We regularly assist our clients with issues relating to severance pay. From our experience, how severance pay is different from notice or termination pay remains unclear for many employers and employees alike. For instance, severance and termination pay are terms that are often erroneously used interchangeably by the public. These terms are not the same and have distinct implications. This blog seeks to clarify some key concepts and concerns relating to severance pay.
What is severance pay?
Severance pay is a monetary payment made to an employee who qualifies when the employee loses their job or when their job has been “severed” (somehow ended). For instance, the employment relationship could have been “severed” because the employer dismissed or terminated the employee, or the employer could have “laid-off” the employee beyond what the employer would otherwise be entitled to do under the Employment Standards Act, 2000 (“ESA”). Severance pay is not termination pay and these terms should not be used interchangeably. To remind our readers, termination pay is monetary payment given to a terminated or dismissed employee which is equal to an amount of money the employee would have received during the statutory notice period. Both “termination pay” and “severance pay” are concepts defined under the ESA.
How does an employee qualify for severance pay?
In the absence of a mass termination there are typically two qualifiers for the employee to obtain severance pay once employment with the employer has been severed. The first is that the employee must have worked for the employer for five (5) or more years. The time may or may not be continuous or may sometimes be active or not, but the time spent in employment with the employer must be at least five (5) years. The second qualifier is that the employer must have a payroll of at least $2.5 million. An employee may also be entitled to severance pay if it was the subject to a mass termination in accordance with the various rules set out in the ESA.
If the employee has met the qualifiers as set out above, they may obtain severance pay. There are several different reasons why an otherwise qualified employee would still not be entitled to severance pay. For instance, the employee may be offered some sort of reasonable alternative position by the employer for work, but the employee refused that offer. It would be best to contact an employment lawyer in these situations to discuss what the best steps are moving forward.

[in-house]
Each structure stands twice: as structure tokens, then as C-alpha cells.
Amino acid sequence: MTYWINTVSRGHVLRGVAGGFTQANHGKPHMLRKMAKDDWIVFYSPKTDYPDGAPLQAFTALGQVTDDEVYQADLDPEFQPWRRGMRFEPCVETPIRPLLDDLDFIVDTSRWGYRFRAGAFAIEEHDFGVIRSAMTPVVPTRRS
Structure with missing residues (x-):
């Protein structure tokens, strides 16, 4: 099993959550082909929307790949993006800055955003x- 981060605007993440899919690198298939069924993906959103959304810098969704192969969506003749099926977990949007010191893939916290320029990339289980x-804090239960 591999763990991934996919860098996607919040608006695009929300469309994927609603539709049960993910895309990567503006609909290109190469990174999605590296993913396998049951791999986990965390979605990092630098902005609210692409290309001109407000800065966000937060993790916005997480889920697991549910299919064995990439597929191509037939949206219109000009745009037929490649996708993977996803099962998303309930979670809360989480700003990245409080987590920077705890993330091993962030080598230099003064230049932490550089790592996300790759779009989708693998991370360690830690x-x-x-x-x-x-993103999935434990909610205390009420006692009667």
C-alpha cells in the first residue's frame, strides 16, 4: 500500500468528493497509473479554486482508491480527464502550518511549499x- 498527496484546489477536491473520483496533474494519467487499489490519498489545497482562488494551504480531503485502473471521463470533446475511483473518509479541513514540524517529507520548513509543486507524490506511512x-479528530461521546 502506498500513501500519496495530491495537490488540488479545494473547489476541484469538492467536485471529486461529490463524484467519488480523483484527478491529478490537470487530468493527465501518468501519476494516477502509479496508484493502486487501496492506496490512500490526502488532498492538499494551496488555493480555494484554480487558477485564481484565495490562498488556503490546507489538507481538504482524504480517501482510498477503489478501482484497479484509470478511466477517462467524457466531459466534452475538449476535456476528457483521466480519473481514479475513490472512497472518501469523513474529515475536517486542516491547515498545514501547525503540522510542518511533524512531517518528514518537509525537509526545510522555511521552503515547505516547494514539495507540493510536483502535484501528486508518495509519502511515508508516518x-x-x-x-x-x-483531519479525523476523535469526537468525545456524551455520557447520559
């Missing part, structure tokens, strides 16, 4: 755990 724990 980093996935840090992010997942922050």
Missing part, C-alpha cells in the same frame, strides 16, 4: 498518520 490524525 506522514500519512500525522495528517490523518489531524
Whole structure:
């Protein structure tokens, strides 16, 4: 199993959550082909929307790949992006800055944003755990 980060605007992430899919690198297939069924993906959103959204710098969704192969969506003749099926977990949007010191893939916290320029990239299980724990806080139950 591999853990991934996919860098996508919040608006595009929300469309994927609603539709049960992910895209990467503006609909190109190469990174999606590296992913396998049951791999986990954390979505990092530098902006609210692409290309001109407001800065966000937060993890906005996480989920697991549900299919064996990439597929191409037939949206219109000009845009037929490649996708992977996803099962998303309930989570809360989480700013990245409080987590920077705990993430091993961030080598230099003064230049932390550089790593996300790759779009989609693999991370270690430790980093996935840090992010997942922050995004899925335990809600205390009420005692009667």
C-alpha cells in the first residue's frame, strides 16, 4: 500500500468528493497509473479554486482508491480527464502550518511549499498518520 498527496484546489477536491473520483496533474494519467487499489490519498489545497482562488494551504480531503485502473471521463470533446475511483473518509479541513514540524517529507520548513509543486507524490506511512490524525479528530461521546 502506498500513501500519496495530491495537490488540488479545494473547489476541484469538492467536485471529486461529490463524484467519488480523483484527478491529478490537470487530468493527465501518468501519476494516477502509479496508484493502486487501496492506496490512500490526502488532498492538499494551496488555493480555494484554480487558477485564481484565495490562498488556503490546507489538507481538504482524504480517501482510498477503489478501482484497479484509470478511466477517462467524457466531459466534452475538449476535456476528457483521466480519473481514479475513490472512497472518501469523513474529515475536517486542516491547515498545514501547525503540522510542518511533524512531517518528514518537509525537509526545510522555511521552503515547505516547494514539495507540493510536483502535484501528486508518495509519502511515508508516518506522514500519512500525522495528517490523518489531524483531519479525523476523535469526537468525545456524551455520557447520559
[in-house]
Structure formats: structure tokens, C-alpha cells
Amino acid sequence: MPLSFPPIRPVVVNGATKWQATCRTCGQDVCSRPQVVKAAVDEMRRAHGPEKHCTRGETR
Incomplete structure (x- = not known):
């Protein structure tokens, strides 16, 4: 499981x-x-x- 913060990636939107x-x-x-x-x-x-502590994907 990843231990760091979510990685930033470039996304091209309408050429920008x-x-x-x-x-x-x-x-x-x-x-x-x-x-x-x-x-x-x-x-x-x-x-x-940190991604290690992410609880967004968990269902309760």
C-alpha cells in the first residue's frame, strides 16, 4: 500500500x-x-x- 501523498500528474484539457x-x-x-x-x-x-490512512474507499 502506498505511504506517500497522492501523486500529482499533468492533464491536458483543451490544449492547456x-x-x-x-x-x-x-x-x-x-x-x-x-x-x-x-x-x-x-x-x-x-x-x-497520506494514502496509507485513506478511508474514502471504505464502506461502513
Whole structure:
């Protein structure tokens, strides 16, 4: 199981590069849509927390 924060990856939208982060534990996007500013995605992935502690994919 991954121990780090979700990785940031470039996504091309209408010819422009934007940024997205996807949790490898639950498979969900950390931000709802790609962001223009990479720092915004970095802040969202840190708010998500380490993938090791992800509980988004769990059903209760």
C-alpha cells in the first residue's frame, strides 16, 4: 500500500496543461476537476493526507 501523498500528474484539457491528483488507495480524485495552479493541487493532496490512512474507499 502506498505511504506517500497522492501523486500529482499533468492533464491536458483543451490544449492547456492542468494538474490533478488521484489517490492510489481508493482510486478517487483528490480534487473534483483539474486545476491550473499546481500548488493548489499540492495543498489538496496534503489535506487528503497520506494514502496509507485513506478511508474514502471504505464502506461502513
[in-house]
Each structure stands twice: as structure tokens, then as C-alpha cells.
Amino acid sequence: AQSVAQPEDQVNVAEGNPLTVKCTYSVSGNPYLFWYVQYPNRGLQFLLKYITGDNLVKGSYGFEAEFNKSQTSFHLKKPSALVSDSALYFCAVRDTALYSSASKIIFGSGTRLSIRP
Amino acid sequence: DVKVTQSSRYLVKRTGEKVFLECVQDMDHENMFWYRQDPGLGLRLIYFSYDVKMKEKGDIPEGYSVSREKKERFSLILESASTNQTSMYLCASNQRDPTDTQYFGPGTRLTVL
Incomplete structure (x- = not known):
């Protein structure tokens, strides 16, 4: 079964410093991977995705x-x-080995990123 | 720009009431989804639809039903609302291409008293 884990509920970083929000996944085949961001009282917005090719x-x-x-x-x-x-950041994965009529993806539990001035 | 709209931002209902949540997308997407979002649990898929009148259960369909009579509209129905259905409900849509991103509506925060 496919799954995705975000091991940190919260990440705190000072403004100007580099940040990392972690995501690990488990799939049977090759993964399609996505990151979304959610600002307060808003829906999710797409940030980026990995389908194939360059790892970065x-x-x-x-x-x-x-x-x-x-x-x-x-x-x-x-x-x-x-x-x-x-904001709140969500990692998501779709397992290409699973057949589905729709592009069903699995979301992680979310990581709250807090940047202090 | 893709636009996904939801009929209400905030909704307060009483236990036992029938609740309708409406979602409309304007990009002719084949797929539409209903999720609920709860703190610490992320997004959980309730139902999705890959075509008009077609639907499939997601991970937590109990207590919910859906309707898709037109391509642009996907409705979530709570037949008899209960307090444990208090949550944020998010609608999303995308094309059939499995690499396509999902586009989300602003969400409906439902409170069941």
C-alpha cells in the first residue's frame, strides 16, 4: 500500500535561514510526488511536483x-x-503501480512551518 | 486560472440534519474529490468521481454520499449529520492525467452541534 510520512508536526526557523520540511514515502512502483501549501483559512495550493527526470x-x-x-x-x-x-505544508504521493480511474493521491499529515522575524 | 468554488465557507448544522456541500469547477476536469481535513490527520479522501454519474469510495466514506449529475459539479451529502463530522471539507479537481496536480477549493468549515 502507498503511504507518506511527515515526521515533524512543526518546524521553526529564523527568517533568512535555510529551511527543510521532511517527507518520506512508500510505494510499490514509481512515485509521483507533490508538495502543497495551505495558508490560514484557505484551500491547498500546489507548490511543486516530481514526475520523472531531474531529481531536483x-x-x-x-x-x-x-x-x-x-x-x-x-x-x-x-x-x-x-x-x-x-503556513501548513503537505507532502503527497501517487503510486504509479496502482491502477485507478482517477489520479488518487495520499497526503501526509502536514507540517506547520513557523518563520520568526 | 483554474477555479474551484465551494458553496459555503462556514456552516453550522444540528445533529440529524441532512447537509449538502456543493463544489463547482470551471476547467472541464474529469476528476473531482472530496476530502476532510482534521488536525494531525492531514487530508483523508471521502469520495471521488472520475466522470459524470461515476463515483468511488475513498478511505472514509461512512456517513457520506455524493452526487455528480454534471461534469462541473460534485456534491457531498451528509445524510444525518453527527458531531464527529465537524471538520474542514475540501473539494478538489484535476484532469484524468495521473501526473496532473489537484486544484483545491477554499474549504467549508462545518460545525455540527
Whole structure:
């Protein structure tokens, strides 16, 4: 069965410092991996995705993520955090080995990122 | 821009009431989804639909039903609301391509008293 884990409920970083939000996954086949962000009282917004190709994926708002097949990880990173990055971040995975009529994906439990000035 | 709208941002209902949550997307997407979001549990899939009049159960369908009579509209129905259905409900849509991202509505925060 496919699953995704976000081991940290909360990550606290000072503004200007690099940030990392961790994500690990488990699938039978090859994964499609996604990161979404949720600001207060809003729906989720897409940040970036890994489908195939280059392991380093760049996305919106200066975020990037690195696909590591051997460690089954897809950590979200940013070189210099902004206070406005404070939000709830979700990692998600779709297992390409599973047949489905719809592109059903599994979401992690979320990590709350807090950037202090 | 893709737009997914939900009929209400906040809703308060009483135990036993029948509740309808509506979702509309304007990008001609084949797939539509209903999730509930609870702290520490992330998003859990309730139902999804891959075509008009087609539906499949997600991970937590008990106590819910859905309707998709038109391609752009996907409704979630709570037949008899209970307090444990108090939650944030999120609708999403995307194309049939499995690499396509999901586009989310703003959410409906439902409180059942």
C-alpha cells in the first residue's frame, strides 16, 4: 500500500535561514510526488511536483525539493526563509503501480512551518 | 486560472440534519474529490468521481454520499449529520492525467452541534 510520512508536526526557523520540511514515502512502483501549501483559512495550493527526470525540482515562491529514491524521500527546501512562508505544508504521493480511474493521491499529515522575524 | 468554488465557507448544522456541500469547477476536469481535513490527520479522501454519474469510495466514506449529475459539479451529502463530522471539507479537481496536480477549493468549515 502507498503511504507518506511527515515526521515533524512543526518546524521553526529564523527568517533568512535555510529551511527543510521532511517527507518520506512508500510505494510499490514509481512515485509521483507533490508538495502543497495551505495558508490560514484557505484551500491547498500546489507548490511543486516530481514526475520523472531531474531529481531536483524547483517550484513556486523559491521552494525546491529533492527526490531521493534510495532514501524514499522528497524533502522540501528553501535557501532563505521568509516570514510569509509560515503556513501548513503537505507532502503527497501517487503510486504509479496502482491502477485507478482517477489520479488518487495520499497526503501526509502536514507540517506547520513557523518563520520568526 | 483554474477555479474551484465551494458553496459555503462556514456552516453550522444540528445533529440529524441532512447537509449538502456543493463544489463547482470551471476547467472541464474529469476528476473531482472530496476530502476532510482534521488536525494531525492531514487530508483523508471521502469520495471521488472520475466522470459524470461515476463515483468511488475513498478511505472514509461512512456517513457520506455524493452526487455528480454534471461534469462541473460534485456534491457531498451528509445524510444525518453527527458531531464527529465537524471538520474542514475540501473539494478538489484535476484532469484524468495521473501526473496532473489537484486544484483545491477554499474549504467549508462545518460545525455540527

How is the amount of severance pay calculated?
There is a math formula that is used to calculate the amount of severance pay that an employee would receive. Basically, the amount of the employee’s regular wages for a workweek is multiplied by the sum of the number of years of completed employment and the number of months of employment completed divided by 12 for a year that is not completed.
The maximum amount of severance that an employer would be required to pay is twenty-six (26) weeks.
The use of online severance calculators
We can understand why using an online severance calculator to try to figure out what compensation may be owed to a recently dismissed employee would be very attractive to a lot of people. It’s quick, easy, and free in comparison to having to go to a lawyer to determine what severance package, if any, is owed. To be clear, there is nothing wrong with using an online severance calculator per se to get a rough idea of one’s common law entitlements. However, in our opinion, the biggest problem with online severance calculators is that the online severance calculator simply cannot tell the employee the whole story related to their job. In our experience, typically there are too may variables involved in an employment file which a severance calculator cannot account for. The following non-exhaustive list of factors comes to mind:
- whether the employee was terminated for cause (if so under which standard, the common law or the ESA);
- whether the employee was bound by an enforceable termination clause in the employment agreement;
- whether the employee was induced to leave a former secured employment;
- whether the employee found a job following his or her termination, if so when;
- whether the employee was constructively dismissed;
- whether the employee resigned their employment;
- whether the employee’s employment was subject to a sale of business (if so, was the sale a shares or assets sale?);
- whether the employee experienced discrimination and/or other forms of unlawful conduct that would entitle him or her to additional types of damages;
- whether there are specific corporate power dynamics that led to the employee’s dismissal;
- whether the employee discharged its legal duty to act in good faith and fair dealing in the manner of the employee’s dismissal;
- whether the employee was subject to a collective agreement; and,
- whether the severance package includes inappropriate provisions such as restrictive covenants and claw back obligations.
In short, although a severance calculator may be a perfectly good introductory tool, in our opinion it is thereafter advisable to have an employment lawyer review the employee’s termination package including the circumstances leading to the employee’s dismissal. It is best practice to use an employment lawyer in a consultation in a situation where the employee needs to review a termination package, or the employer needs to prepare an exist for an existing employee. An experienced employment lawyer will discuss the basic factors that a severance calculator will likely be able to accomplish, however, they will also go over the type of additional factors listed above in order to get a fully comprehensive picture of the person’s case.